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Christine Galipeau - Blog Post 4: It’s Closing Time

Christine Galipeau - Blog Post 4: It’s Closing Time

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I did things today that I would never do in Canada. At the market, I bought a Salwar Kameez for a child domestic worker in my building. After finding a great deal for the Salwar Kameez, I bought some freshly picked local olives and headed back home. Walking around in Dhaka in late November is like walking through dust clouds; there hasn’t been rainfall for weeks now. When I arrived home, I washed the desert off my feet, giving them the usual rigorous scrub. After that, I made some masala tea prepared no less with tea from the Sreemangal estates, condensed milk, and spices. I proceeded to sit on the rooftop of my building and thought about the politically induced demonstrations (hartals), and secretly cursed them as they interfere with many aspects of life in this country. As the elections are drawing near, hartals and blockades have been announced on a regular basis. The brutality associated with hartals is unnerving to say the least. Senseless violence is occurring in the streets of Dhaka, and throughout all of Bangladesh. The forms of violence and disruption that hartal supporters use range from Molotov cocktail blasts, setting vehicles on fire, derailing trains, and openly using firearms on innocent people. It’s not like this is a far away problem; people that work in close proximity to me have been affected by these odious hartals. For instance, my coworker and his pregnant wife were victims of a Molotov cocktail blast. As a result, the baby was born prematurely, and in a fragile condition for at least a week. Thankfully, it seems that the worst is over now: the new family have been given a second chance.  Still, others are not so lucky. 

While I knew that political instability would increase in Dhaka as my internship progressed, I did not know what to expect. I was told to stay away from crowds, which is good advice; however, hartal supporters also come to you. This has forced me to become a lot more aware of my surroundings and people when I walk to work or go the market.  Admittedly, I don’t quite relax until I reach home.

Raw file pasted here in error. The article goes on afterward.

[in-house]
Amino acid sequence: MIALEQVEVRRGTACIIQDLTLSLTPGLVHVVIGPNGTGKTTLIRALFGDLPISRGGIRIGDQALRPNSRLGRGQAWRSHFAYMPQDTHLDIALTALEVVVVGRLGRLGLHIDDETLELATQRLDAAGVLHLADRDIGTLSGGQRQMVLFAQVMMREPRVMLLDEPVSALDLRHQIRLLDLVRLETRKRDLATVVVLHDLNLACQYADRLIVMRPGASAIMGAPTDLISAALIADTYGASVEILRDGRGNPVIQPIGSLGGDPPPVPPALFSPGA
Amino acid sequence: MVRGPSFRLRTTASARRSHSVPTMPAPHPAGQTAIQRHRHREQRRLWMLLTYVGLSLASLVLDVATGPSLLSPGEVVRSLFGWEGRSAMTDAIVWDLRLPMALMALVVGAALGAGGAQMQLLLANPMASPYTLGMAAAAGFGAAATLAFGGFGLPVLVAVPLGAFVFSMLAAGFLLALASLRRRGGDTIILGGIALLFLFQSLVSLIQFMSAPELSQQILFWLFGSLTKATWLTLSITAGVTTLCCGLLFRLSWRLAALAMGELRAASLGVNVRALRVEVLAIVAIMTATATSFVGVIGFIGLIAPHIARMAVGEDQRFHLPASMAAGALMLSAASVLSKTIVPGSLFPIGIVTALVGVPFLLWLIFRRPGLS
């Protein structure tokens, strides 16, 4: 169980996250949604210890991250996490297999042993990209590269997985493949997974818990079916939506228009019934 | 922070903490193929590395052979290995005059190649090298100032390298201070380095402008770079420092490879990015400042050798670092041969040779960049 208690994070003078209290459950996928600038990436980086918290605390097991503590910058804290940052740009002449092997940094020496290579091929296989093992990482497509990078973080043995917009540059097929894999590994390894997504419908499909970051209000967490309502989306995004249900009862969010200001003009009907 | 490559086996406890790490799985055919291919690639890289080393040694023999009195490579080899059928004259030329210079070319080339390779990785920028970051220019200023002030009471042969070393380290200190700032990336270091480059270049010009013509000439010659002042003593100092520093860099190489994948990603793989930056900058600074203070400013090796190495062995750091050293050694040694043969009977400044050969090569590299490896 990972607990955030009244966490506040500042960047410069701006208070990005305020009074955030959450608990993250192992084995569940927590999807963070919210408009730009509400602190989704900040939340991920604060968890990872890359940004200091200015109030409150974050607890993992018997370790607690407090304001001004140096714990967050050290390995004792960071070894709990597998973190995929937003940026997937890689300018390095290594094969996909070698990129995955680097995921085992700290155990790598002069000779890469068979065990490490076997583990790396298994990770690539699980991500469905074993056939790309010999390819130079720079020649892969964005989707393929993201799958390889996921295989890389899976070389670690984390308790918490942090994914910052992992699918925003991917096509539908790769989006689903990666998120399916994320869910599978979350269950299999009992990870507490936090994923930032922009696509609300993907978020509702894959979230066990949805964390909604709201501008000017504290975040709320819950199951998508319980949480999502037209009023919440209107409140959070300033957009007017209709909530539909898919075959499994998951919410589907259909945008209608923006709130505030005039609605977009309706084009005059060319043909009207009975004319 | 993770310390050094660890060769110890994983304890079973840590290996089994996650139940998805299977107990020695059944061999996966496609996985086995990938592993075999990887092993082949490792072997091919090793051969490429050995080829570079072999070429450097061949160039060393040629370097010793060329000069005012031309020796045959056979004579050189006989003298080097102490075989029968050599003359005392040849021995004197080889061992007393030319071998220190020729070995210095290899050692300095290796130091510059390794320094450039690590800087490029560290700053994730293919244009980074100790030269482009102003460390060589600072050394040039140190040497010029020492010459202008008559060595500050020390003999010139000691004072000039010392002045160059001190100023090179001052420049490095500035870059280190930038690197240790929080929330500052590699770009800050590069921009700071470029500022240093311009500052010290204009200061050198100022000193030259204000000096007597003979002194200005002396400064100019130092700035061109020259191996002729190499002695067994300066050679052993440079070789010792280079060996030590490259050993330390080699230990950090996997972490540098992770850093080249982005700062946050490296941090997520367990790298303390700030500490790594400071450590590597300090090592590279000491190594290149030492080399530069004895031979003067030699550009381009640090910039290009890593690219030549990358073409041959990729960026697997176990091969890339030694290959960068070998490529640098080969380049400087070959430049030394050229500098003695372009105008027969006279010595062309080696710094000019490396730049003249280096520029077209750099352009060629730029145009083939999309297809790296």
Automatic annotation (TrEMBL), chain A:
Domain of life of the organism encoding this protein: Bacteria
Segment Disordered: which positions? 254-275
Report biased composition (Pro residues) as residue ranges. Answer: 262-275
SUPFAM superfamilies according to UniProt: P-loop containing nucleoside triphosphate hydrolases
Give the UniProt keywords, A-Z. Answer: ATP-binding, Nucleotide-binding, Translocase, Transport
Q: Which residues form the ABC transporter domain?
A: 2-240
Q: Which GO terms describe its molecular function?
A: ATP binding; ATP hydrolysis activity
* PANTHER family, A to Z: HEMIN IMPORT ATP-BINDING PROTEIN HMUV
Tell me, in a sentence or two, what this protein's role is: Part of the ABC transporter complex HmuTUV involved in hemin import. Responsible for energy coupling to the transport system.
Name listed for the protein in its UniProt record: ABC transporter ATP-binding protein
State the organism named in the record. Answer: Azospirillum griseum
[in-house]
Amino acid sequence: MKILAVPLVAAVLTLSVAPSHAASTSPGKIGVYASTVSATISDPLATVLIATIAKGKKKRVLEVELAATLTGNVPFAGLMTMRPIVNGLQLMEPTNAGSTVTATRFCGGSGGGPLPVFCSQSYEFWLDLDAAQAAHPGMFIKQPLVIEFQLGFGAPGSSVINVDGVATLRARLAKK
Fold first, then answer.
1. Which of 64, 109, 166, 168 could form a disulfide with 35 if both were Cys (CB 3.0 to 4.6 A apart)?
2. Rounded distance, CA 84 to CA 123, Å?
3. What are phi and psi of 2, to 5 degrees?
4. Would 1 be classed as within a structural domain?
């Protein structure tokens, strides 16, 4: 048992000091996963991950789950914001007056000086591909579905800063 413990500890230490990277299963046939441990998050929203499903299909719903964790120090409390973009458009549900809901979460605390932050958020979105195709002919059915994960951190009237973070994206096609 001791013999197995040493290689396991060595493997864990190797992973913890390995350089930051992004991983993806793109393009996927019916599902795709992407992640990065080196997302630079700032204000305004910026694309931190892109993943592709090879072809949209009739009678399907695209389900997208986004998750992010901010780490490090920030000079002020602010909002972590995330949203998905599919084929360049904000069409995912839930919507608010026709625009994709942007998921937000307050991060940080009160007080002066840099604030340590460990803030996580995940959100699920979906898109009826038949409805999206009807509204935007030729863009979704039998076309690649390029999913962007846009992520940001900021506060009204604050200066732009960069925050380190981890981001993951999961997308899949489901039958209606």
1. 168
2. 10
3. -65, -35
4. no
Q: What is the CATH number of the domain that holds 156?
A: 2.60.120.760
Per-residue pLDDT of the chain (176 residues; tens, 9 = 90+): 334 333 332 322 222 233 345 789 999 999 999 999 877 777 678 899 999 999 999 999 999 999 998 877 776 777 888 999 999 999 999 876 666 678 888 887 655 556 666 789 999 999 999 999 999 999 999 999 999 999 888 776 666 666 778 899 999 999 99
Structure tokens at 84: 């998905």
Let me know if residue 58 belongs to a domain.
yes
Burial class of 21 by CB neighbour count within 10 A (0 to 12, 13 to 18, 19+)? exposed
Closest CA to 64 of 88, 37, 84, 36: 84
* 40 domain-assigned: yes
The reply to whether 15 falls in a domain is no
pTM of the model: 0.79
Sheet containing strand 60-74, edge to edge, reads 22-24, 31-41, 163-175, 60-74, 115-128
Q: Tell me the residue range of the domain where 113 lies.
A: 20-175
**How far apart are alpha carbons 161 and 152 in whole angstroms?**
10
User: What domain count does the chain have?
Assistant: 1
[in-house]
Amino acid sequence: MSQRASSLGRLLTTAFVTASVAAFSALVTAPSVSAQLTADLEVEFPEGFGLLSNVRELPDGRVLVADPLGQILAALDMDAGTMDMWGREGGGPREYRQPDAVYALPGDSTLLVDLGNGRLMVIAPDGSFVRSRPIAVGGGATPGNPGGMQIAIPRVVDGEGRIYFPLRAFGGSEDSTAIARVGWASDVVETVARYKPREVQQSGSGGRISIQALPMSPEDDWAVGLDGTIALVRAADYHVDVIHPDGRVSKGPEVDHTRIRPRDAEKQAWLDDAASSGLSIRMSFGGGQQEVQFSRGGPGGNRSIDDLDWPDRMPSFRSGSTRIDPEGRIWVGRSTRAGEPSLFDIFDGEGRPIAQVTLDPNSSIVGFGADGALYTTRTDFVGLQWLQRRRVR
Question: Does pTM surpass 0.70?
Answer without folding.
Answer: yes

As, I am approaching near the end of my internship, I know that I will miss the people that I have developed relationships with. I will miss them with all my heart, and I will worry about them when I am gone. I want them to be healthy, to be safe, and to reach the apex of their dreams. In a place where unscrupulous politics heighten instability and violence, dreams can tumble down in a matter of moments. Nevertheless, if there is one thing that Bangladeshis have reminded me, is that you have to keep going, and must keep trying-no matter what hardship life can bring. I can’t say for certain whether I am a changed person as a result of this internship. It may be too early to say. What I do know is that I tried to keep an open mind and welcome the teachings that Dhaka had in store for me. I learned many lessons during my time here. Some things I resolved, others remain a conundrum for me. But if there is one thing that I have come to further comprehend, is that our world is strangely complicated by the value we invest in appearances. The appearance of a gesture, as opposed to how that gesture may translate into reality or the human imagination. Discerning that fine line between appearance and reality is necessary in any type of work-especially in the human rights or development sector. In brief, I have learned that building trust in the spirit of respect is the birthplace of substantive ideas. Without trust or respect, reality is at stake and appearances tend to prevail.